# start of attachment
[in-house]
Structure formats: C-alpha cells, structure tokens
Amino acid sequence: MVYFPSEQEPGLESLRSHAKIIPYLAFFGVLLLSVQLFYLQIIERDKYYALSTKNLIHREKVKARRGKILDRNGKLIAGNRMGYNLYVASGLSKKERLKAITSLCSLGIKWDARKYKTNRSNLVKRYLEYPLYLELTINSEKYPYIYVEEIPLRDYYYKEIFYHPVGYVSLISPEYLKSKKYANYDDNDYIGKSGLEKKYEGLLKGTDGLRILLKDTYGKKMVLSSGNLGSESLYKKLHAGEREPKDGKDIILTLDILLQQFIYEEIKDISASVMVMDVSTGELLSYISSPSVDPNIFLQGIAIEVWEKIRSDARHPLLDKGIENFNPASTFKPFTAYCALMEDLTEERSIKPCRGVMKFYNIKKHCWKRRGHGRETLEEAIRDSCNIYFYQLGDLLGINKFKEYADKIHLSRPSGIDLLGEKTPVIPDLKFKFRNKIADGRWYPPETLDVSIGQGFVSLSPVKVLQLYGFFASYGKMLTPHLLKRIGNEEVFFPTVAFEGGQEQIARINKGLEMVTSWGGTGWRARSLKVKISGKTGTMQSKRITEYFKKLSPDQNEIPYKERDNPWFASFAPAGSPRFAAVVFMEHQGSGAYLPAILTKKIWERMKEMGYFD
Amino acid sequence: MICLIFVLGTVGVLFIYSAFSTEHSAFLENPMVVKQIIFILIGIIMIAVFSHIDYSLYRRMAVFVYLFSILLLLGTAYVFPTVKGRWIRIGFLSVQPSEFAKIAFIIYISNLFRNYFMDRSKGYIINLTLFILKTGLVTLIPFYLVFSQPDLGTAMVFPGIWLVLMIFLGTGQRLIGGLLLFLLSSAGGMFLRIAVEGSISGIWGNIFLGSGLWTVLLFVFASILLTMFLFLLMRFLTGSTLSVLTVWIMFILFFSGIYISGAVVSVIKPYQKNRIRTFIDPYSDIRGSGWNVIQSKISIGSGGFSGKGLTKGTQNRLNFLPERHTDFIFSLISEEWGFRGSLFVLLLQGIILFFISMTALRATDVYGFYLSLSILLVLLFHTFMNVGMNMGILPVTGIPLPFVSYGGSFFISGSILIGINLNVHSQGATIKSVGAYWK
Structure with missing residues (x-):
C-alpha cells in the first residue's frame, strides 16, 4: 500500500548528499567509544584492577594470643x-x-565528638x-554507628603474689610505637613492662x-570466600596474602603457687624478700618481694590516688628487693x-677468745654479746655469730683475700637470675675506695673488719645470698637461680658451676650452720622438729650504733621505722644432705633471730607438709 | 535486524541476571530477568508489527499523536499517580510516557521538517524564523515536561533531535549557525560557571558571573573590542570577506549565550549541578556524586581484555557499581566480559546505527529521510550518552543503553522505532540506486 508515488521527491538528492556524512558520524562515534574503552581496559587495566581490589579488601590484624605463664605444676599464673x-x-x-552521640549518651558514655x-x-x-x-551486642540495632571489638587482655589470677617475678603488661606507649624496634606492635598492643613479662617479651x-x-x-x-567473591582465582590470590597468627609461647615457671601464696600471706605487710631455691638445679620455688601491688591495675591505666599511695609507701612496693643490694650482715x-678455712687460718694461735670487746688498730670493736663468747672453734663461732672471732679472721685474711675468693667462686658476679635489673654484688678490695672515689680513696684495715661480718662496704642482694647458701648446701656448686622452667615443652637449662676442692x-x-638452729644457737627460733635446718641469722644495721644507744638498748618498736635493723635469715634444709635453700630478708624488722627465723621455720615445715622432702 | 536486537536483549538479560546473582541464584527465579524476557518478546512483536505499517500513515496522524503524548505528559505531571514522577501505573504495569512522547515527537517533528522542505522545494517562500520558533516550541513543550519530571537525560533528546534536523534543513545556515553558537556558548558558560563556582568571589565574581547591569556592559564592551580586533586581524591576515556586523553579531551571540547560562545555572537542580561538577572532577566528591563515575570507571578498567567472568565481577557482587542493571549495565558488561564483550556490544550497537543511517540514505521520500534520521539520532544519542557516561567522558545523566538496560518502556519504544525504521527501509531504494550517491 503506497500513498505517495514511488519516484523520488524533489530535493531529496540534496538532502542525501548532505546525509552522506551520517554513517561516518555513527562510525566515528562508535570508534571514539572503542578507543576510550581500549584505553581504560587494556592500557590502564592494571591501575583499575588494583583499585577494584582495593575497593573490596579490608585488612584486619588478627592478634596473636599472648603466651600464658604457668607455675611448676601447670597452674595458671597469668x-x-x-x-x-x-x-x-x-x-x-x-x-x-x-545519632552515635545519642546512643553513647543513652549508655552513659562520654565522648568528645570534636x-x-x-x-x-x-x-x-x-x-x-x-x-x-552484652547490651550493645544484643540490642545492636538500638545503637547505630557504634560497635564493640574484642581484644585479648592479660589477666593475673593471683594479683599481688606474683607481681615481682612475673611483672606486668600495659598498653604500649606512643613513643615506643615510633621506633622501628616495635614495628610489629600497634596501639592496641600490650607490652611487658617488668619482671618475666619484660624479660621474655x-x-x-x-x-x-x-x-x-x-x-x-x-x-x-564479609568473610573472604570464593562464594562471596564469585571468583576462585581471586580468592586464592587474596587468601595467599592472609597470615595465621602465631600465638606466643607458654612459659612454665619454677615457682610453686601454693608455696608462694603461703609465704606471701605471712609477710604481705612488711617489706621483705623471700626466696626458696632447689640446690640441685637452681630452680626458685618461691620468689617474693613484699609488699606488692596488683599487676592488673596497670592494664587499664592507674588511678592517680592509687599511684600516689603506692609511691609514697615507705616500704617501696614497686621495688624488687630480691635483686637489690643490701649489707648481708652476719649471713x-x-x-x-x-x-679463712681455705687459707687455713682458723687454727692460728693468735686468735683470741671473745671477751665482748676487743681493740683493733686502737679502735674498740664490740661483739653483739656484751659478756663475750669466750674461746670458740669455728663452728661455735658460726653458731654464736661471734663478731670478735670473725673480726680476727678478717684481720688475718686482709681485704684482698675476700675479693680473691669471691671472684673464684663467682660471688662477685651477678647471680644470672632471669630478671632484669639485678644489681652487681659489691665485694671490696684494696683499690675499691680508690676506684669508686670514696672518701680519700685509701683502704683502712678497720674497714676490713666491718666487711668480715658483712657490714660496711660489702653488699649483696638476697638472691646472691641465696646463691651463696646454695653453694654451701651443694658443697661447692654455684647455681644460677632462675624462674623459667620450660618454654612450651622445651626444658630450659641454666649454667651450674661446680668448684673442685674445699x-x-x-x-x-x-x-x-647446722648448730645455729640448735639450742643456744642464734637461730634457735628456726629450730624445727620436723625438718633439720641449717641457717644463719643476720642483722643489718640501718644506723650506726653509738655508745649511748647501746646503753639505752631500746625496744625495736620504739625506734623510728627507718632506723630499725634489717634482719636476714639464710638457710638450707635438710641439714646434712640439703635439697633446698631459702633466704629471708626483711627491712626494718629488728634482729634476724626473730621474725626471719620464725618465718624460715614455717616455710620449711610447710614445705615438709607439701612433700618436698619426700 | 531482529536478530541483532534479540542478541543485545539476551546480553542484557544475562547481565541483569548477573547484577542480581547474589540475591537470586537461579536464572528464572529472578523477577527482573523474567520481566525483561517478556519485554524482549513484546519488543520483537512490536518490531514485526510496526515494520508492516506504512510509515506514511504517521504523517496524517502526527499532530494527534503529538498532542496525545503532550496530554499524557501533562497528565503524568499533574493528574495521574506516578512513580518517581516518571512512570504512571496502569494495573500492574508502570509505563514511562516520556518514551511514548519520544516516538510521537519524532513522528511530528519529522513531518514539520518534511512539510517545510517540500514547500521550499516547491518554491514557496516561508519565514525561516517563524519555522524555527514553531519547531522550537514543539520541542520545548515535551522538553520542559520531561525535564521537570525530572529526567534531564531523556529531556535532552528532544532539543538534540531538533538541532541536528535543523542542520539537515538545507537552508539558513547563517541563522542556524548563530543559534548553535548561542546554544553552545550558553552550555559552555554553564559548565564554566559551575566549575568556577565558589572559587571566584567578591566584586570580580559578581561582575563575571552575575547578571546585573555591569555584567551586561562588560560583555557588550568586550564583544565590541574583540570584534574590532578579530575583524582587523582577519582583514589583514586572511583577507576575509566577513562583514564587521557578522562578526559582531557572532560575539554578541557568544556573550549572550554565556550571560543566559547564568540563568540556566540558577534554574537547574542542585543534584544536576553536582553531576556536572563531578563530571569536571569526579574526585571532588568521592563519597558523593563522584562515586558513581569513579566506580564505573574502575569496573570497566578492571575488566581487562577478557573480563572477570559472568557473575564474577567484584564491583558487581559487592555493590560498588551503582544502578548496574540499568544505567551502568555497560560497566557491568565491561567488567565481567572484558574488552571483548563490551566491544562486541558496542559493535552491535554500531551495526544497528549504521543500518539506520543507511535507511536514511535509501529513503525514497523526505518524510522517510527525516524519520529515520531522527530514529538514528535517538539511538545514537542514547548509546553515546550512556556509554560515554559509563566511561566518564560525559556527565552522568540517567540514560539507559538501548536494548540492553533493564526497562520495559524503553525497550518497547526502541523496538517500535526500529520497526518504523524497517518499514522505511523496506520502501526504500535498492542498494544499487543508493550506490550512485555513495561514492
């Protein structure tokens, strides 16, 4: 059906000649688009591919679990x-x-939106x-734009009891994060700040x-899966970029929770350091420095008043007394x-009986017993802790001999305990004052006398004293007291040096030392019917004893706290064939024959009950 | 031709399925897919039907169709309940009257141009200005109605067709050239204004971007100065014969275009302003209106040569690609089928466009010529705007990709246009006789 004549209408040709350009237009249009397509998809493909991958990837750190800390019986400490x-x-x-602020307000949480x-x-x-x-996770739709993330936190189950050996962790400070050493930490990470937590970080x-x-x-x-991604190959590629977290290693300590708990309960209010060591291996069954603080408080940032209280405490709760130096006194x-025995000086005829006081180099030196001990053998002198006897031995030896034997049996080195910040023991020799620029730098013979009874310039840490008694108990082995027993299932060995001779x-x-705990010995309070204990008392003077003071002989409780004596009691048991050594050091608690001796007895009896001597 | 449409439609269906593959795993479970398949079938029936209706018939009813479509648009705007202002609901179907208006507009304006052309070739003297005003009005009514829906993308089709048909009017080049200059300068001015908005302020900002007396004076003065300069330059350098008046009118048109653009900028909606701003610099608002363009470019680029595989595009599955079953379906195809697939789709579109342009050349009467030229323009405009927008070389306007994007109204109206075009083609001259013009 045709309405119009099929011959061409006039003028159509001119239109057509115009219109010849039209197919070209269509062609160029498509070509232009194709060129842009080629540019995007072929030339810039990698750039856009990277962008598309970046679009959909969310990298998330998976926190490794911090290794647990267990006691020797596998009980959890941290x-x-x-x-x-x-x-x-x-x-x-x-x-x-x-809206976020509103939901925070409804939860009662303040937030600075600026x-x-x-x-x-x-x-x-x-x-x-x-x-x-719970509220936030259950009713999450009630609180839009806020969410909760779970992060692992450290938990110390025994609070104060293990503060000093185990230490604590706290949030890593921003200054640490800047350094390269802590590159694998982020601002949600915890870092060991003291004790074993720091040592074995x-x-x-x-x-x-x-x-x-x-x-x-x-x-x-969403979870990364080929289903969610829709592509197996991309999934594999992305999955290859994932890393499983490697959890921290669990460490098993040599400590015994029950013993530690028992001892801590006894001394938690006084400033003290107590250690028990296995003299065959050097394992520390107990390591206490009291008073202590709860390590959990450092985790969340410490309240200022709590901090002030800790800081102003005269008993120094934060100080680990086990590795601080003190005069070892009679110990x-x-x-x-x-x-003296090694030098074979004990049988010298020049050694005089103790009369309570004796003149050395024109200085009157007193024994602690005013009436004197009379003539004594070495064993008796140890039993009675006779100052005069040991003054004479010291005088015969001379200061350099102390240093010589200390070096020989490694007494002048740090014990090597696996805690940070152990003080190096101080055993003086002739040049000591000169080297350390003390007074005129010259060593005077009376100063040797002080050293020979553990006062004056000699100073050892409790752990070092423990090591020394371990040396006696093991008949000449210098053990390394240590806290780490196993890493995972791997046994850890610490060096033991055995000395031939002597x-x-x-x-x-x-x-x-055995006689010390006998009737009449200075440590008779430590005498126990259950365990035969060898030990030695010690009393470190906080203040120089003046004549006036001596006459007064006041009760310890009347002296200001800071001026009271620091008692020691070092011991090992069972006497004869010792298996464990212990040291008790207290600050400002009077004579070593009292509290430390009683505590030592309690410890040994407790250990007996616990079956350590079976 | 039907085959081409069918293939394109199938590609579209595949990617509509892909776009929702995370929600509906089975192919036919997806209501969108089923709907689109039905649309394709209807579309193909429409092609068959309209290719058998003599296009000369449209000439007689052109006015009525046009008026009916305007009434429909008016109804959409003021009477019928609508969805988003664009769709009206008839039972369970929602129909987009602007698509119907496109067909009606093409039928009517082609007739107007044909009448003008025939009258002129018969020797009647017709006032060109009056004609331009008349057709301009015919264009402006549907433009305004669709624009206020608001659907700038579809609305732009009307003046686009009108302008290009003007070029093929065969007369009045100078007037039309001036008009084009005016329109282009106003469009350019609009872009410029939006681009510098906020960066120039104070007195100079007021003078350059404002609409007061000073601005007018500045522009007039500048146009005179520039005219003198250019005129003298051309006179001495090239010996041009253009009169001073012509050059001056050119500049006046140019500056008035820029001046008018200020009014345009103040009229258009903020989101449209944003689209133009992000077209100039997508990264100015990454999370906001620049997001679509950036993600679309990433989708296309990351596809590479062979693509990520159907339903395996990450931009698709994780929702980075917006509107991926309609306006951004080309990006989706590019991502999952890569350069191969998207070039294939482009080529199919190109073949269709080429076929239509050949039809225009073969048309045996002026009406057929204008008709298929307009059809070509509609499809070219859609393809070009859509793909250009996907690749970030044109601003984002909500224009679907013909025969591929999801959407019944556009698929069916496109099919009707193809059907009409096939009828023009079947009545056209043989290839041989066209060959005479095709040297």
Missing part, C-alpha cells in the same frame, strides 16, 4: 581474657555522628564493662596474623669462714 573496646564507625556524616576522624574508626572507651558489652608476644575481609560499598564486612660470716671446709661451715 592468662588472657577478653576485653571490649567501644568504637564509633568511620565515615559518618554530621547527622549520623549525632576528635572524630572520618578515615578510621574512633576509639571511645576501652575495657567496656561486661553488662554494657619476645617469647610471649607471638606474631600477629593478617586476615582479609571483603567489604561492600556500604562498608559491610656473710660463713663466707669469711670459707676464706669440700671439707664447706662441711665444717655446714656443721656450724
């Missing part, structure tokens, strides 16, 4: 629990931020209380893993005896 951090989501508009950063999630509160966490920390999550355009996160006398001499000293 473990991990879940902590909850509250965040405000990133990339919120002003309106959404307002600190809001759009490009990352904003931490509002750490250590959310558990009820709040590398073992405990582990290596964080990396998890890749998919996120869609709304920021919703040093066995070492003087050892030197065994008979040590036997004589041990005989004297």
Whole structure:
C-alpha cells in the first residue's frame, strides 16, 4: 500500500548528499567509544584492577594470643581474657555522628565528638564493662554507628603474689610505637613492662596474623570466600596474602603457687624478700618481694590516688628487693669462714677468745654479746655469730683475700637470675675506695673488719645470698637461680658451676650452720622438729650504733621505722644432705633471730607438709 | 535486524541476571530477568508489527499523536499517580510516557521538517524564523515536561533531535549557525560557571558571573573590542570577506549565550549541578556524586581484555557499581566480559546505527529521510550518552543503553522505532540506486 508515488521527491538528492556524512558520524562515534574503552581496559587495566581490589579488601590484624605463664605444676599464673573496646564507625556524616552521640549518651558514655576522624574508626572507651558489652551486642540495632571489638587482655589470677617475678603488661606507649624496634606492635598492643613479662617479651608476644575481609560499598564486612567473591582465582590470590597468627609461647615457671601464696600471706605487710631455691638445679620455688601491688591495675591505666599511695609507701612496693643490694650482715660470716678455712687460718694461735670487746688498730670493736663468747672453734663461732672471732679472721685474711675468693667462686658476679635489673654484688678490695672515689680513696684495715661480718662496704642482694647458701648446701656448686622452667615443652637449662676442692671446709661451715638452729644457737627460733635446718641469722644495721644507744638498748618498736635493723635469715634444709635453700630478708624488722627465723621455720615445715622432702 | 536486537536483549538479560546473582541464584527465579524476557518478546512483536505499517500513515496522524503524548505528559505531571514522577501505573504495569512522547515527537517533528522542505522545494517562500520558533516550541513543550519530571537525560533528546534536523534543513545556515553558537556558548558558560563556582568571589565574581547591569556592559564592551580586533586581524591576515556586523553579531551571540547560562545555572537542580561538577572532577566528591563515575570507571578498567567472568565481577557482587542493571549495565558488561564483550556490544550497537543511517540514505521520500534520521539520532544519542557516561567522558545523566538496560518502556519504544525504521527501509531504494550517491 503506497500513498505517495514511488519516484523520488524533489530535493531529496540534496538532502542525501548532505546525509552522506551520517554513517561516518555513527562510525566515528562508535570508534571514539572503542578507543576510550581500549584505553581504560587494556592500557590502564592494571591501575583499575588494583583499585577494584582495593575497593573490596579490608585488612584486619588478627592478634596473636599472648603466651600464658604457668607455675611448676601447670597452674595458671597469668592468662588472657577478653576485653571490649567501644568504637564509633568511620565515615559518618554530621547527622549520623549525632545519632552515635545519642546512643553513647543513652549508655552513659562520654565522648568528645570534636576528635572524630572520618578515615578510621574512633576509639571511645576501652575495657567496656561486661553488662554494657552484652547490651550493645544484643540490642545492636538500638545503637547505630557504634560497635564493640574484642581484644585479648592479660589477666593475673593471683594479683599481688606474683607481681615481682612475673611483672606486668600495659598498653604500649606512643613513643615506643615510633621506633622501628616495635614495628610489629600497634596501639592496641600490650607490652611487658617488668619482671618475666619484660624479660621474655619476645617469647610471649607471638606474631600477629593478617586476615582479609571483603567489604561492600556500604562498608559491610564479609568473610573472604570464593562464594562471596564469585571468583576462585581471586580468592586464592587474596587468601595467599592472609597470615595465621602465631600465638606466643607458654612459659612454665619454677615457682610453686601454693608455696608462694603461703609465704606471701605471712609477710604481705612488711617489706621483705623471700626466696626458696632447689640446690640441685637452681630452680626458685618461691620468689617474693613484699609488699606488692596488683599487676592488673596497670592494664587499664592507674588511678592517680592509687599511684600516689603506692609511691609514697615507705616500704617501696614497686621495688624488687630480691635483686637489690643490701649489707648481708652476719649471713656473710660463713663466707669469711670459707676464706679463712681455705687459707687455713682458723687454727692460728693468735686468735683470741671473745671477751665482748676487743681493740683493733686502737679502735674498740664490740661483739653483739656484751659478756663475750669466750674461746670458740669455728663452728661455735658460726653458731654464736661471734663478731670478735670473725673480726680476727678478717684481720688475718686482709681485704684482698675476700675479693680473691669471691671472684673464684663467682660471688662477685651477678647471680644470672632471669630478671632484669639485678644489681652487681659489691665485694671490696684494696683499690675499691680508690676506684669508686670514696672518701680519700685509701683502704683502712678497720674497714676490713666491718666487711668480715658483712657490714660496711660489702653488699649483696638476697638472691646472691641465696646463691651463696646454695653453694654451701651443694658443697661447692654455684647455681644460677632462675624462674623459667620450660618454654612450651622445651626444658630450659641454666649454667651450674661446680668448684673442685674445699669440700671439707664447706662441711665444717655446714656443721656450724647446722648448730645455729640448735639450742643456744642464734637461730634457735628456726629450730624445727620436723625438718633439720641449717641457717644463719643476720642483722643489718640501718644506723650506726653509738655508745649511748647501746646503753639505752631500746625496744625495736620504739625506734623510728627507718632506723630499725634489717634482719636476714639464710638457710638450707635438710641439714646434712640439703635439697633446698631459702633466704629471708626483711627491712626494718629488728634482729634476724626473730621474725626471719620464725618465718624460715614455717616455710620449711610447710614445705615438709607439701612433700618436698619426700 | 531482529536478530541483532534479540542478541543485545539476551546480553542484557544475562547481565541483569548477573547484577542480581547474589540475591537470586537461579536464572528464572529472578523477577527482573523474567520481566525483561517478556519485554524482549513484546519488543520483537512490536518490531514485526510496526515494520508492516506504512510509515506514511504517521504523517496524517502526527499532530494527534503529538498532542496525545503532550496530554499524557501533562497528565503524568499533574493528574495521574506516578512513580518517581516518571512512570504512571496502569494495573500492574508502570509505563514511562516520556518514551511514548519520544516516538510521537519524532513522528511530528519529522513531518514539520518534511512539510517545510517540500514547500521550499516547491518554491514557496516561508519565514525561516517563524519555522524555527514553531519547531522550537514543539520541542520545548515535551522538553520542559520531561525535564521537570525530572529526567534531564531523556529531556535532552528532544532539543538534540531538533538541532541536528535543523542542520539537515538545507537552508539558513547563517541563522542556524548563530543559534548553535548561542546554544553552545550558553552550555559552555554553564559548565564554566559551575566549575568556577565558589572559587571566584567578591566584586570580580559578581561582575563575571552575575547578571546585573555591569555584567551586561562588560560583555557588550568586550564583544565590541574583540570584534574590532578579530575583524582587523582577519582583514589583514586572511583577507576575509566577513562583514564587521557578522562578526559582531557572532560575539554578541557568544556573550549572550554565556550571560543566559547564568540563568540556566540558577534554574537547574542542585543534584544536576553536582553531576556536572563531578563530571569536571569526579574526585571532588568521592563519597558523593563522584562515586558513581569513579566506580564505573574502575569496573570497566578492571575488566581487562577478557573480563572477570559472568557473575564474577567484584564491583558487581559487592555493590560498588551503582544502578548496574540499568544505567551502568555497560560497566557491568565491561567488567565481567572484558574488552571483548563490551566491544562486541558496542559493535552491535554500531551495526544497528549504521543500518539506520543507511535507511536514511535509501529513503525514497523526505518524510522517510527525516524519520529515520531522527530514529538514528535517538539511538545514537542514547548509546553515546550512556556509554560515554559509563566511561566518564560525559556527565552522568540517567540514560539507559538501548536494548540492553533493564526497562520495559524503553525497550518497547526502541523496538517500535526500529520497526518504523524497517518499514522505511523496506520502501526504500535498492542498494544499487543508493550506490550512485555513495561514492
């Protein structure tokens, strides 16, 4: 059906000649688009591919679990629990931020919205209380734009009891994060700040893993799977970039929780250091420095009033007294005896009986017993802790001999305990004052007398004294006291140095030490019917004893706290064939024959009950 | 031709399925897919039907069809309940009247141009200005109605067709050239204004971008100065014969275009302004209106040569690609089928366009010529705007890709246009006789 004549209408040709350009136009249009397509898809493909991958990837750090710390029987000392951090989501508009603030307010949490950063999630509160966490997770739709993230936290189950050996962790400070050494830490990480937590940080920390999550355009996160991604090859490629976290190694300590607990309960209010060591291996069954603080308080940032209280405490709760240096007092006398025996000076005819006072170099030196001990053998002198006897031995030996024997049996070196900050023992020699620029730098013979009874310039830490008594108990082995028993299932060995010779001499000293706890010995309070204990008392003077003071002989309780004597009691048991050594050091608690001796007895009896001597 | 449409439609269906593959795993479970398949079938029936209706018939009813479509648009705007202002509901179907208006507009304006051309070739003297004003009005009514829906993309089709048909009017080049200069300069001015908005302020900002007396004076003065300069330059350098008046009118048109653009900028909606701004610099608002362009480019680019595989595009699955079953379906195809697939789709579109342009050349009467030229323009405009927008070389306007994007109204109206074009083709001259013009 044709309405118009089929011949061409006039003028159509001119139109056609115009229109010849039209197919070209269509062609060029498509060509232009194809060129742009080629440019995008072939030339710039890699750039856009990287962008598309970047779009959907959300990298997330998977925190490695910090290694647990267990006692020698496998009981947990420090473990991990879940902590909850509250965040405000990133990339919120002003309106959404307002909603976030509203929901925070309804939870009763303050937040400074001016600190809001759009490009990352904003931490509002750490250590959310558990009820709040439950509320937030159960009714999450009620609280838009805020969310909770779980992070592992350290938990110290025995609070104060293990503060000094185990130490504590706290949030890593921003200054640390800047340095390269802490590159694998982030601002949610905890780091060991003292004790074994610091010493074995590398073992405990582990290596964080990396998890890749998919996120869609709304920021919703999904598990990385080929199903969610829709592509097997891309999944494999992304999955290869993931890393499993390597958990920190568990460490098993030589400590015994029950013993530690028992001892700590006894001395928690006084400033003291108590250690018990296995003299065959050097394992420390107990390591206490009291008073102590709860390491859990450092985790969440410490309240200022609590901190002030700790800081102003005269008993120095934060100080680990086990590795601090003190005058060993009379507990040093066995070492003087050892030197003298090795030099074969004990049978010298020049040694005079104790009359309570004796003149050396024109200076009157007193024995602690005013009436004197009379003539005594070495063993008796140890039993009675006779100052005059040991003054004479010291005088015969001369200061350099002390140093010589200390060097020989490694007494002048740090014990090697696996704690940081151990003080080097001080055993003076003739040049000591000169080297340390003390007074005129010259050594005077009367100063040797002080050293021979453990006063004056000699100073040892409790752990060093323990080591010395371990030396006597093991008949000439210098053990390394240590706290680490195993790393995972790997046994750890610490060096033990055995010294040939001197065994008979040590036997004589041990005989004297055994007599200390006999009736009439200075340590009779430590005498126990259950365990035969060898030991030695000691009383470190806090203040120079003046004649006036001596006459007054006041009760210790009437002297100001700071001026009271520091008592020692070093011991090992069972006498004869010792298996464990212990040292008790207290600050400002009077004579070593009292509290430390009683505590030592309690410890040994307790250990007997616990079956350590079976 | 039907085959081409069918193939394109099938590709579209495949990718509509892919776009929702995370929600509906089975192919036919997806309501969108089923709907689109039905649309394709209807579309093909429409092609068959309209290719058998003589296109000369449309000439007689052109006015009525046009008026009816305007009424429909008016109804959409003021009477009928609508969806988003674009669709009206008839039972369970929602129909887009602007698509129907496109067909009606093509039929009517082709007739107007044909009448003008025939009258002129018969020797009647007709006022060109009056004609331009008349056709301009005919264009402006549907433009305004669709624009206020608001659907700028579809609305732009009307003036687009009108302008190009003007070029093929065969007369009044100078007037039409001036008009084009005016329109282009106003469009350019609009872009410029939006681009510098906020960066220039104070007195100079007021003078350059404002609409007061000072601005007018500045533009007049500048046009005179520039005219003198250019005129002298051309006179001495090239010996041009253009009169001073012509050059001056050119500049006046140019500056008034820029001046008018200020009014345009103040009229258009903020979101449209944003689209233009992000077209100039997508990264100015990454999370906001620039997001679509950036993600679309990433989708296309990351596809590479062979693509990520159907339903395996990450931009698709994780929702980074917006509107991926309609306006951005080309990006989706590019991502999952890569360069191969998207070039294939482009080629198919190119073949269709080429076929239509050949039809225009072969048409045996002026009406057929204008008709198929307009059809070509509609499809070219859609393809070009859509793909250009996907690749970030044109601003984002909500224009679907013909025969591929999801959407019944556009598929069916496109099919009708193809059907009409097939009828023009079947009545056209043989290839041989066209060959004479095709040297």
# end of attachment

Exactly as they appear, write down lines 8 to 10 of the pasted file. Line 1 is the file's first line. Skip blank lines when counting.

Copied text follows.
Missing part, C-alpha cells in the same frame, strides 16, 4: 581474657555522628564493662596474623669462714 573496646564507625556524616576522624574508626572507651558489652608476644575481609560499598564486612660470716671446709661451715 592468662588472657577478653576485653571490649567501644568504637564509633568511620565515615559518618554530621547527622549520623549525632576528635572524630572520618578515615578510621574512633576509639571511645576501652575495657567496656561486661553488662554494657619476645617469647610471649607471638606474631600477629593478617586476615582479609571483603567489604561492600556500604562498608559491610656473710660463713663466707669469711670459707676464706669440700671439707664447706662441711665444717655446714656443721656450724
């Missing part, structure tokens, strides 16, 4: 629990931020209380893993005896 951090989501508009950063999630509160966490920390999550355009996160006398001499000293 473990991990879940902590909850509250965040405000990133990339919120002003309106959404307002600190809001759009490009990352904003931490509002750490250590959310558990009820709040590398073992405990582990290596964080990396998890890749998919996120869609709304920021919703040093066995070492003087050892030197065994008979040590036997004589041990005989004297």
Whole structure: